It was the biggest relief effort the world had seen. He negotiated with the German authorities to allow the distribution of food in Belgium.

There was Myron T Herrick, an American ambassador to France during his first term to 1914, and during the war he helped the French people.

He was awarded the French Legion of Honour and was the first American ambassador to have a Paris street named after him.

When the US entered WWI in 1917, President Woodrow Wilson requested Hoover to head the US Food Administration to ready the country for war-time food production. Their slogan was 'Food will win the war'.

At war's end, he headed the American Relief Administration, which saved millions more lives in Europe, including Germany. They set up 35,000 food stations in Germany, which provided 300 million meals.

He certainly was effective and founded the Hoover War Collection library in 1919 on his immense food aid effort in WWI.

This is now known as the Hoover Institution at Stanford University, USA, and also has archives from WWII and other wars.

It should not surprise that he was elected 31st President of the United States in 1929. He came from a family of devout Quakers.




* Now that gay is the new straight, when can we expect, nay, demand, hetero pride parades through the streets of Dublin?




* The cost of replacing Marian Finucane with a Mensa comedian?





* Jim Cosgrove (Letters, June 27) has demanded to know how I arrived at the term 'schizophrenic' to describe the response to the Tuam babies story.

In a nutshell, while there remains considerable antipathy towards single mothers in today's society, it is schizophrenic to castigate past generations for similar attitudes, albeit for different reasons.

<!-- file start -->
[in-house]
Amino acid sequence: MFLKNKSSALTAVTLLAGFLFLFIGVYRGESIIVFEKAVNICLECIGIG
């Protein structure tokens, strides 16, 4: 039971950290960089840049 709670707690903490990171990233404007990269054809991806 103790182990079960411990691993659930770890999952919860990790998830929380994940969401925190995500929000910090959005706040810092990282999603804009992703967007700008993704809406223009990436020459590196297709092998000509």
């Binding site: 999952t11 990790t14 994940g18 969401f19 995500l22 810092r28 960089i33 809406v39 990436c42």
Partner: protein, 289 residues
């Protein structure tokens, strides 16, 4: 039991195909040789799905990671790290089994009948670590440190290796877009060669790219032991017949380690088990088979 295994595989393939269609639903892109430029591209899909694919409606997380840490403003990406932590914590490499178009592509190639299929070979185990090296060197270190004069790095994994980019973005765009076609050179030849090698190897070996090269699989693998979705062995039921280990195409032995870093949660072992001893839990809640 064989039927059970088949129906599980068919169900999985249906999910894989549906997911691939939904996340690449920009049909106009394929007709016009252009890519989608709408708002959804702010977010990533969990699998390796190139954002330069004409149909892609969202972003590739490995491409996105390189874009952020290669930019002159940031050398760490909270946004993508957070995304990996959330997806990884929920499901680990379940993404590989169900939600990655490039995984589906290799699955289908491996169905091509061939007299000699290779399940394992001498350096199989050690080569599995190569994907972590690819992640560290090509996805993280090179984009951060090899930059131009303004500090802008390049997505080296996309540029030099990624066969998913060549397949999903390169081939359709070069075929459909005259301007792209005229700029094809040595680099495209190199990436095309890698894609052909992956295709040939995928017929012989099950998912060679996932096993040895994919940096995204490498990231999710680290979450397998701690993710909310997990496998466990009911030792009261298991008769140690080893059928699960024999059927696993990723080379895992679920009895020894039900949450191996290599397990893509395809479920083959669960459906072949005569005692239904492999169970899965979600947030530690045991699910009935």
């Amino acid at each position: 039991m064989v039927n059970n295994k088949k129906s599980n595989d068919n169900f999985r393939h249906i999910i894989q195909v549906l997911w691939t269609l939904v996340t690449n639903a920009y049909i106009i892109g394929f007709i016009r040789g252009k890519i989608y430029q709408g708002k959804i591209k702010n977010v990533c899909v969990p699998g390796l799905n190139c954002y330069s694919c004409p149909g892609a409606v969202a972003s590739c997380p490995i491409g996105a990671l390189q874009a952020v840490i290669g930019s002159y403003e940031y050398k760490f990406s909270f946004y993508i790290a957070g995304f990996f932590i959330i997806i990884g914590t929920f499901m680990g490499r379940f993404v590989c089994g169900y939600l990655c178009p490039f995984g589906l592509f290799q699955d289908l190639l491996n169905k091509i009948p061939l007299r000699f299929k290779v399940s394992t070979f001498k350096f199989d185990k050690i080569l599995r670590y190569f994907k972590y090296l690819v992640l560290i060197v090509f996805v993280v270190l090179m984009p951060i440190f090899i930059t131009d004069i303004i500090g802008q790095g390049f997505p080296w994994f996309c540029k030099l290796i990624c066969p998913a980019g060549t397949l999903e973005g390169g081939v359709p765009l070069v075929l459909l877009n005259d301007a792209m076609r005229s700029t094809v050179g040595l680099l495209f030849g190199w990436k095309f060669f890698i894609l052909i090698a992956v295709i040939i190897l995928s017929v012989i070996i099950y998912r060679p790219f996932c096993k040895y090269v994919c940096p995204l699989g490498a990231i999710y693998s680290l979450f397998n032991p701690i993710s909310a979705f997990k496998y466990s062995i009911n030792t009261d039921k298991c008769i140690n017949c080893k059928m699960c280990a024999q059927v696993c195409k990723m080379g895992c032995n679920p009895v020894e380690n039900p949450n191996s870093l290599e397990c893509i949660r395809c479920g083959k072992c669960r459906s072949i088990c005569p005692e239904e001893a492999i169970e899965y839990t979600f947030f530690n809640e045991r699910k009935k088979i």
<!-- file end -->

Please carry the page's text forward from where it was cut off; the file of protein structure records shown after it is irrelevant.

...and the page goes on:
That today's society seems unaware of the irony of its position lends itself to the label 'schizophrenic'.

He asks: "No doubt the nuns, priests, bishops ... . were fully immersed in and dedicated to Victorian bourgeois values?" Yes, that is exactly what I was saying. Nuns, priests, bishops, and the rest of society as well.

Mr Cosgrove then goes on to ask " ... but from where did the obsessive oppression relating to sexuality, reproduction and equal rights for women emanate?"

From Victorian middle-class bourgeois attitudes, Mr Cosgrove, out of which a particular form of society emerged to which other areas of human activity (such as religion) were subsumed.

Perhaps Mr Cosgrove is unaware that Ireland was once a colony of the UK and heavily influenced by Victorian social engineering programs of the 18th and 19th Centuries, though I thought I had made this point clear previously also.

We are still living in such a paradigm, though 'religion' has been largely dropped in favour of more secular explanations of 'respectability'.




* The recent media reports of the huge profits of €65m at VHI is quite unbelievable. This profit is despite the thousands who were forced to cancel their insurance premiums this year because of the unending increases imposed on them, year in, year out.

I had to cancel my insurance this same year as the huge profits, having been a member for over 30 years without any cost to VHI regarding a claim.

Part of the increase in profits is reported to have come from a closer examination by VHI of the costs of the claims from the hospitals, consultants, etc, in regard to possible overcharging. Does this mean we as customers have been paying these additional costs for years?



Irish Independent